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  3. I have had spam from this person too - with very strange comments! I just deleted it and will do the same if they appear again. Sorry that you have had to deal with this, I hope that you don't get anything nasty like this again. xx

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  4. Still finding it hard to find time to read at the moment, but I do like to see and read about what other people are reading, so thanks for the suggestion.
    Amanda x

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  5. I have had spam from that person too. Odd comments, couldn't quite understand the broken english. I deleted the comments permanently from my blog, I get another one too from a different person just on one of my posts. Haven't found where that one is coming from though but the comment get deleted permanently!
    I was working in the West End of London in the summer of 1976
    Julie xxxxxxx

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  6. I'm with blogger and they automatically cut out A LOT of spam for me. The rest I deal with by moderation, I don't have that irritating captcha thingy and comments just sit there waiting for me to read and either publish or ditch. i OCCASIONALLY get one of those 'fishing' comments which really just want you to click their web-link, but they are always for older posts, and I just ditch them too. Real unpleasant comments are few and far between I think for us 'nice' bloggers as we don't set out to be particularly confrontational or wounding so we don't hit that threshold which invites the nasties. On topic, Lisa, I have read a Maggie O'farrel years ago- can't remember which - but I can't say I am drawn to her books. I am enjoying being part of the Year in Bokks, now that I've finally got the 'button' onto my blog and managed to link up - no mean feat I can tell you! Looking forward to checking out your next book choices.

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  7. Many years ago I also had a run in with the Crap Blog person, quite heated exchanges followed until I deleted the blog, and him/her. I assumed it was a man, wonder why? Then a year or so after that, on another (fictional this time) blog, it got taken over by some people exchanging messages in Chinese or some such. So I closed that down too, since they wouldn't clear off. Loved the John Green book by the way.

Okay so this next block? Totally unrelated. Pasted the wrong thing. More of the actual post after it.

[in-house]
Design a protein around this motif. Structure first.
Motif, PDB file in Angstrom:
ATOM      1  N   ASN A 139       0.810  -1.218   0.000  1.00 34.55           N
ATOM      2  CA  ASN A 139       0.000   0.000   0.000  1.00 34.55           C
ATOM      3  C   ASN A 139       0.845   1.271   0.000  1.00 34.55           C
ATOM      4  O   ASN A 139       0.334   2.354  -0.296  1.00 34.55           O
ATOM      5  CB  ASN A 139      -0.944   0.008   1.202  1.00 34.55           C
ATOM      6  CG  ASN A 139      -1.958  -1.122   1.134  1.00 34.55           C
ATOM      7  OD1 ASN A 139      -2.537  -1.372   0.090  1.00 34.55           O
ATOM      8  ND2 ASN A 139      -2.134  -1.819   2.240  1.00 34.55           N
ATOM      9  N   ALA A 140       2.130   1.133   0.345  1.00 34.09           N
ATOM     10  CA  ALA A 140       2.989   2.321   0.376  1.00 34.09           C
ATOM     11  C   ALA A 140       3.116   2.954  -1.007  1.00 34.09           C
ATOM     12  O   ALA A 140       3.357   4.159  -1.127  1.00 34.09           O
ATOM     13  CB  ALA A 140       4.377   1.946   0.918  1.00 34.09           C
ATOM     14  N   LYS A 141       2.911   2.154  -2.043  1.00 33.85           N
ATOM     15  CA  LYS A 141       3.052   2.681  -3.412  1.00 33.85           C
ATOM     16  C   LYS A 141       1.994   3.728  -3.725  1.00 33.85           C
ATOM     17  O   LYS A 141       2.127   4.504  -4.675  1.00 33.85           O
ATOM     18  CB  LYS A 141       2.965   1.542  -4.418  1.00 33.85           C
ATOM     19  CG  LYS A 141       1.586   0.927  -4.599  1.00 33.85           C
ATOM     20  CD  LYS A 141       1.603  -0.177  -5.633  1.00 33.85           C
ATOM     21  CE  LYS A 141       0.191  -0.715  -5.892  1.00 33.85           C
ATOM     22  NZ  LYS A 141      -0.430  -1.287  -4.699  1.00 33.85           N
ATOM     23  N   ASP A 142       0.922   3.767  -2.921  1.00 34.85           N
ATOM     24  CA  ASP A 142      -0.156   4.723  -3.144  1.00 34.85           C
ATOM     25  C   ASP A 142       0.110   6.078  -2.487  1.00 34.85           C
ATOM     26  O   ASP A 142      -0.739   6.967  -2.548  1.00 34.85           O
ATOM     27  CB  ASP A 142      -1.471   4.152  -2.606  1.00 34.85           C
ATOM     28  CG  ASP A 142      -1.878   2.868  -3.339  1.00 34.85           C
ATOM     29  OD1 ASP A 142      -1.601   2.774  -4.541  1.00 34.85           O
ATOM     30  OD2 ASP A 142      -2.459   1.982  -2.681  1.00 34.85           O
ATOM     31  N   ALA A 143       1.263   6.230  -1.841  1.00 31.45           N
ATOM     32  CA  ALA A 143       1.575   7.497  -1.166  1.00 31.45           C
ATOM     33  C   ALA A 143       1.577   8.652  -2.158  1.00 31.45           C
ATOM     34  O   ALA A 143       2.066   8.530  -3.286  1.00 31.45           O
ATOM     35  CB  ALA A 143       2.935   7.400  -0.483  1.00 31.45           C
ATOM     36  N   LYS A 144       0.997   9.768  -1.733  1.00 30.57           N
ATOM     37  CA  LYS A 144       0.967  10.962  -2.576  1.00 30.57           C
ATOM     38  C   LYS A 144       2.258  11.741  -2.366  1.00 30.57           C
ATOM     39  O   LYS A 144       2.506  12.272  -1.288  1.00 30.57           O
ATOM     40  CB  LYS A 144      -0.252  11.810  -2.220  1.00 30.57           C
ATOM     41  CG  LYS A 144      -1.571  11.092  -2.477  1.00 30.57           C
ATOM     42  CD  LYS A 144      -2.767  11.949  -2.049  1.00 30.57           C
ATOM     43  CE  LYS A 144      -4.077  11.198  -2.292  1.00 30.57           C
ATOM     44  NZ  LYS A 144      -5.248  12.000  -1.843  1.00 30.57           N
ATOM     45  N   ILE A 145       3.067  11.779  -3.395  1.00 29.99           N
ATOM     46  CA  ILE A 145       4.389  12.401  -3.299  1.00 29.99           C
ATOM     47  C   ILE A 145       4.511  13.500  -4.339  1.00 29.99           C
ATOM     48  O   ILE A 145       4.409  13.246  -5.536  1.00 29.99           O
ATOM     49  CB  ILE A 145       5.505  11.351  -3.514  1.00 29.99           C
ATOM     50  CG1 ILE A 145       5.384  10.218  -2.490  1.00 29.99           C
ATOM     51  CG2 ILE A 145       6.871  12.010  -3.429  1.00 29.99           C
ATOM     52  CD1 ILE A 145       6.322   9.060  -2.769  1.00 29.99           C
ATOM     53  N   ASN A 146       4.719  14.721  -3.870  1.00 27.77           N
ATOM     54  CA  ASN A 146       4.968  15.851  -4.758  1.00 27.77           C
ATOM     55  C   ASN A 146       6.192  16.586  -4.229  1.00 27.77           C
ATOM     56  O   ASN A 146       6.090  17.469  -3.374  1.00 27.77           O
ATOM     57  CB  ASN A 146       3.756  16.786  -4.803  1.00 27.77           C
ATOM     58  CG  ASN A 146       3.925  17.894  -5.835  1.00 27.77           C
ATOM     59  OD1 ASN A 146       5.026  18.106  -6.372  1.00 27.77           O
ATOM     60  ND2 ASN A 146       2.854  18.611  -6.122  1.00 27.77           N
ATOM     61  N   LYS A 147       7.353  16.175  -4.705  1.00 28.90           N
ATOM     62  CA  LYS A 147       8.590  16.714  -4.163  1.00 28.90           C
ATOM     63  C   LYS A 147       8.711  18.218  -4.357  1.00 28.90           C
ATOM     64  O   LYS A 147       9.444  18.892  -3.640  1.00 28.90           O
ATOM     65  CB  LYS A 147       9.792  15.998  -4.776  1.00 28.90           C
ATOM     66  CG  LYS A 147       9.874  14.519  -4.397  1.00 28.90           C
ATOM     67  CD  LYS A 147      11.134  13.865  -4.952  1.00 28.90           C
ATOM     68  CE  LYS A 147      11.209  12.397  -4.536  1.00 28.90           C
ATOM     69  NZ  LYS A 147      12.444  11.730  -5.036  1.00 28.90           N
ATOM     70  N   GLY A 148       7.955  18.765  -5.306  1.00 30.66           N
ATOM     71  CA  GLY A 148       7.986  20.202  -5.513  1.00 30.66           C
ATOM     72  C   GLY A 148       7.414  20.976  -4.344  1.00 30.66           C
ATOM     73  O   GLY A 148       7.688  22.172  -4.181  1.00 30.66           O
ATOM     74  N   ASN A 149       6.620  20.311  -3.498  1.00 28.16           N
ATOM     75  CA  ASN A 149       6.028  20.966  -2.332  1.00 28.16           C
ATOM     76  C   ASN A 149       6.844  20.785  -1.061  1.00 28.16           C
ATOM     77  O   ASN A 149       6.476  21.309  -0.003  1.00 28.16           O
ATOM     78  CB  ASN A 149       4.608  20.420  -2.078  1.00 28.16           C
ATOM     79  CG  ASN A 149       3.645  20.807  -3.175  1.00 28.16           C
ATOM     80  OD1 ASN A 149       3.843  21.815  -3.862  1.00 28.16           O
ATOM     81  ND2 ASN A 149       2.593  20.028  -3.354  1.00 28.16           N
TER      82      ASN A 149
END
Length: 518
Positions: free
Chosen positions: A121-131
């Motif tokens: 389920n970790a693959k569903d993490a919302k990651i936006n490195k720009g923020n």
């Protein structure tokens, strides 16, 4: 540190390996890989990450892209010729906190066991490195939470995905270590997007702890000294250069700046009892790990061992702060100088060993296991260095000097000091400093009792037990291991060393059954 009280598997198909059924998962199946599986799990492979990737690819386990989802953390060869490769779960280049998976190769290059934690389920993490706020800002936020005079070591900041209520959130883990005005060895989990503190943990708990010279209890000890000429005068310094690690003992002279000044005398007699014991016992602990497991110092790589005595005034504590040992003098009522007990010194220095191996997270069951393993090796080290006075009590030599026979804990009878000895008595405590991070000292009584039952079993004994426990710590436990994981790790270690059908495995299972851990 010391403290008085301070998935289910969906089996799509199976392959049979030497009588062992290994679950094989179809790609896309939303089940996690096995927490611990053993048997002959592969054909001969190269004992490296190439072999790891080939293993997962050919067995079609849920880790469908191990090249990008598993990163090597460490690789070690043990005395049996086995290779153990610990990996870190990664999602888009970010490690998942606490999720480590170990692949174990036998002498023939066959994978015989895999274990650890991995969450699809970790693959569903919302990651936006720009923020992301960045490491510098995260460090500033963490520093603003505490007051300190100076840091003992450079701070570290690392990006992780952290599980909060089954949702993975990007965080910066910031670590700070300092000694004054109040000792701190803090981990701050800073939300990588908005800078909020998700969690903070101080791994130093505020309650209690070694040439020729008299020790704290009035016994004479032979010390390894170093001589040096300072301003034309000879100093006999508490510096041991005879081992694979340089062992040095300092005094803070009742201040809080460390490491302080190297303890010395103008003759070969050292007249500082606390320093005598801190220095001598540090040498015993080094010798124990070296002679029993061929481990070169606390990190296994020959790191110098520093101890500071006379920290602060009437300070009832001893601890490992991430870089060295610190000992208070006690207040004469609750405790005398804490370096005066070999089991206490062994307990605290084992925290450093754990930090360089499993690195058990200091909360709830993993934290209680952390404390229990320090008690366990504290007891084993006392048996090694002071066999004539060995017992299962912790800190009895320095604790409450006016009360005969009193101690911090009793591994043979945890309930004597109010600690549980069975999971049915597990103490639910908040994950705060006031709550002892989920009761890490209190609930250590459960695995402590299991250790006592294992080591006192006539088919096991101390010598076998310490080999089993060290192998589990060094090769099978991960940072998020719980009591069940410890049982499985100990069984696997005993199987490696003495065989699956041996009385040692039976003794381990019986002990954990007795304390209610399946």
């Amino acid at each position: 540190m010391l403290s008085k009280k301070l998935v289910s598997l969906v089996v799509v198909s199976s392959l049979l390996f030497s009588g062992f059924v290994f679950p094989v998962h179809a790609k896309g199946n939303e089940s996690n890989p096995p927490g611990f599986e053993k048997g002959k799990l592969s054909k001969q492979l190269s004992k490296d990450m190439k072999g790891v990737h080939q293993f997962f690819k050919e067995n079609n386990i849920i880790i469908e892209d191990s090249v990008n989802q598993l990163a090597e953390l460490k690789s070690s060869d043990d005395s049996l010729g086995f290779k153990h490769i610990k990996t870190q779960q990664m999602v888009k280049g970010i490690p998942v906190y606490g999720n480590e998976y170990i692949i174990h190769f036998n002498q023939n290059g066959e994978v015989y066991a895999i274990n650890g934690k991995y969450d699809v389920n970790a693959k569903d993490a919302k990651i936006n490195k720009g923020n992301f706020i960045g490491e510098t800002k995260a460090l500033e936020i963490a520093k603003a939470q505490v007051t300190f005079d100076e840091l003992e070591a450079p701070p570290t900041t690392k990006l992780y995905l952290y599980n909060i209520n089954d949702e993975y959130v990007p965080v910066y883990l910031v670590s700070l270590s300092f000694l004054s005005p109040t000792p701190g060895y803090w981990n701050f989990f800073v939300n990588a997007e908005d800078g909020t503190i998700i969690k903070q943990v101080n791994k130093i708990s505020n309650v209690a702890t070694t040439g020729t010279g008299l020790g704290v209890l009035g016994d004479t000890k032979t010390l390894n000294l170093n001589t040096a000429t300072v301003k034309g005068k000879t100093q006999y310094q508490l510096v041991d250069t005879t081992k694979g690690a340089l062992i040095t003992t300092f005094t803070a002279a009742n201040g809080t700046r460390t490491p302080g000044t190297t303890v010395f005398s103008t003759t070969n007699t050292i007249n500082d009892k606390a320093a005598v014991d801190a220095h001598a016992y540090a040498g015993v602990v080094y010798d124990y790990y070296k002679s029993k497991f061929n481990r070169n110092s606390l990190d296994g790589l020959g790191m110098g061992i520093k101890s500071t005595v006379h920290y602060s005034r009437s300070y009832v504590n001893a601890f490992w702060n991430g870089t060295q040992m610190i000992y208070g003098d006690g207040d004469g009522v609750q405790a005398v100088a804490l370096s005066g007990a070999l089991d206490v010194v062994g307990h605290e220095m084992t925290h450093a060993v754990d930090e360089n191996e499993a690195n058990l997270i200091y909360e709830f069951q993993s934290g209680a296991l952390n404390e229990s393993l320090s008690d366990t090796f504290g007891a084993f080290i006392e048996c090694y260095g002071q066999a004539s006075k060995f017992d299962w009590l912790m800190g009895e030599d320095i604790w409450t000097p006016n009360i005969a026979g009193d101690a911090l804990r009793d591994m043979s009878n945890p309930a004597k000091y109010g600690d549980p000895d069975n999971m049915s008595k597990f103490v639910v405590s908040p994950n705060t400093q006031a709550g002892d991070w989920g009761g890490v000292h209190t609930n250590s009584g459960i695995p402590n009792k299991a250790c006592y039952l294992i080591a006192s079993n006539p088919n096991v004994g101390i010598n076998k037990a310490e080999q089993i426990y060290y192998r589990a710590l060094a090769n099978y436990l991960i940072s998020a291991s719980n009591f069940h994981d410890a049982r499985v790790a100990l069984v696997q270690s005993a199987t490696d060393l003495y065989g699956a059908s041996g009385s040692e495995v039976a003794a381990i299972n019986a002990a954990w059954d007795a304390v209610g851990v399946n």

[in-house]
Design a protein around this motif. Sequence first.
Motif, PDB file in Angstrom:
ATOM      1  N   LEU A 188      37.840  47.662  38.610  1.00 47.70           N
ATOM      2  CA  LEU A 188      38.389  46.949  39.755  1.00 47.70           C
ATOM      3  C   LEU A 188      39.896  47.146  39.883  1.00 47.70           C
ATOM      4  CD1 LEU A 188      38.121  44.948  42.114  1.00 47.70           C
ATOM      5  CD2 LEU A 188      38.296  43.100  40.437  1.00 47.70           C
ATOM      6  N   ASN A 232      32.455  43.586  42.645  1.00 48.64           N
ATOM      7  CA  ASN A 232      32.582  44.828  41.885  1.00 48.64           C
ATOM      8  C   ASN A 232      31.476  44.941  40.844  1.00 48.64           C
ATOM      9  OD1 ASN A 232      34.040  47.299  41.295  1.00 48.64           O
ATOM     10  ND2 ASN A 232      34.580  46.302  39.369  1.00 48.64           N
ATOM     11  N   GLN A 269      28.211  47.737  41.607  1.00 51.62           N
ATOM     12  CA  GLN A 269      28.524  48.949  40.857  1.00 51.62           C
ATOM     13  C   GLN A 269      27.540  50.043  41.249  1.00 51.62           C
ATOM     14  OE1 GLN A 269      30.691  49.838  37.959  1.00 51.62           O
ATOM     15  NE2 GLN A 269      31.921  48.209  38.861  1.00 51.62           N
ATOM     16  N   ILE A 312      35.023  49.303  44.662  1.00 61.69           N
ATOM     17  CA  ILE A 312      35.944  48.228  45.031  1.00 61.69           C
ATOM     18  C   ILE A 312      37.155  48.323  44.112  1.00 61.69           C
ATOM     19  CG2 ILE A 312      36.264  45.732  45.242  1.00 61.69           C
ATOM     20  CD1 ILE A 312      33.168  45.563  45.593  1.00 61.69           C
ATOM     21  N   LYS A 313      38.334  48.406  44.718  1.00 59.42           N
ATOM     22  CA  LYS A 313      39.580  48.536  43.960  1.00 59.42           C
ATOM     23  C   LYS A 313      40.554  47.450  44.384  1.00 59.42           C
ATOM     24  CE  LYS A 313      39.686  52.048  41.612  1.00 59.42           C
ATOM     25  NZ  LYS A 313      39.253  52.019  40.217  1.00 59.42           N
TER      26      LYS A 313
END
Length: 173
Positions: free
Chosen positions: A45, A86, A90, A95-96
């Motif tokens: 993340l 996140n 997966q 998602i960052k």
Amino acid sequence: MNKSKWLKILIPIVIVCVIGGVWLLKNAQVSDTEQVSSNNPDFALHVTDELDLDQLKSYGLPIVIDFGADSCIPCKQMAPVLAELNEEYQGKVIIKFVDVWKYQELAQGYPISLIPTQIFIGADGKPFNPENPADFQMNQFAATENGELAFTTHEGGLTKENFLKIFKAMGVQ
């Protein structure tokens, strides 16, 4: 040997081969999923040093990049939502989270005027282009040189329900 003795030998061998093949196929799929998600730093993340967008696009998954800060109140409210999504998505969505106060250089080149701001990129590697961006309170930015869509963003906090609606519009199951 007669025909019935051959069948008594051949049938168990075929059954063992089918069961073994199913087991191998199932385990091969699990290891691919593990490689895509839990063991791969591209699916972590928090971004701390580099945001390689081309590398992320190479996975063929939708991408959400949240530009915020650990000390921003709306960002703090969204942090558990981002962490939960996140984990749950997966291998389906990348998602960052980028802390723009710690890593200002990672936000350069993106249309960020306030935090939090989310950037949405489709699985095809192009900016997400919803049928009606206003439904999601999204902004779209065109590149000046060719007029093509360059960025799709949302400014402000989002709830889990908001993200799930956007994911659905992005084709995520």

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  8. Sorry to hear about the rude comment - and even sorrier to hear they called themselves Helen - what a bloomin' cheek!!!!!!!!!!!!!!!

    Helenxx

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  9. Life After Life by Kate Atkinson is the next book in my pile. Am looking forward to reading it. Have been addicted to Michael Connelly's crime thrillers recently so it will be nice to read something completely different.

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  10. Sorry to hear about the bad comment. Amy has written a very eloquent piece on this sort of thing over at Love Made My Home - it seems it's more prevalent than we'd like to think. Great to get back into reading some books again - currently delving into Labyrinth by Kate Mosse. Have a good weekend x Jane

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  11. Oh those spam sites make me so so mad!!!
    Back to the good stuff...the books...YAY!
    I have read a possible life...I loved it, I gave it to my step dad and avid reader and he read it in one night....do read it it is very thought provoking.
    I however am finding it hard to crochet and read at the same time...
    bestest as ever d x

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  12. That's so horrid, we forget what the internet can be like.
    These blogs are our special places, like our diaries I don't understand why folks are so nasty.
    Have yourself a lovely weekend x

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  13. I'm really lucky & never had any nasty comments on my blog. They're never real people just horrible spam. I get it a lot on Twitter.
    This book looks good, I think I might add it to my wish list. I too remember that summer. We had a water fight in the park & got in lots of trouble for wasting water, I was really young & didn't know better :( x

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  14. I'll be interested to hear how you got on with the Kate Atkinson ... I seem to have lost my way with her somehow.

    I have finally posted about my February read today ... I'm loving this sharing of book recommendations ... with no local bookshop here Amazon is going to benefit from them methinks :)

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    Replies
    1. Hi Annie. I have just finished Kate Atkinson's Life After Life and although I enjoyed it up to a point, I did find it confusing.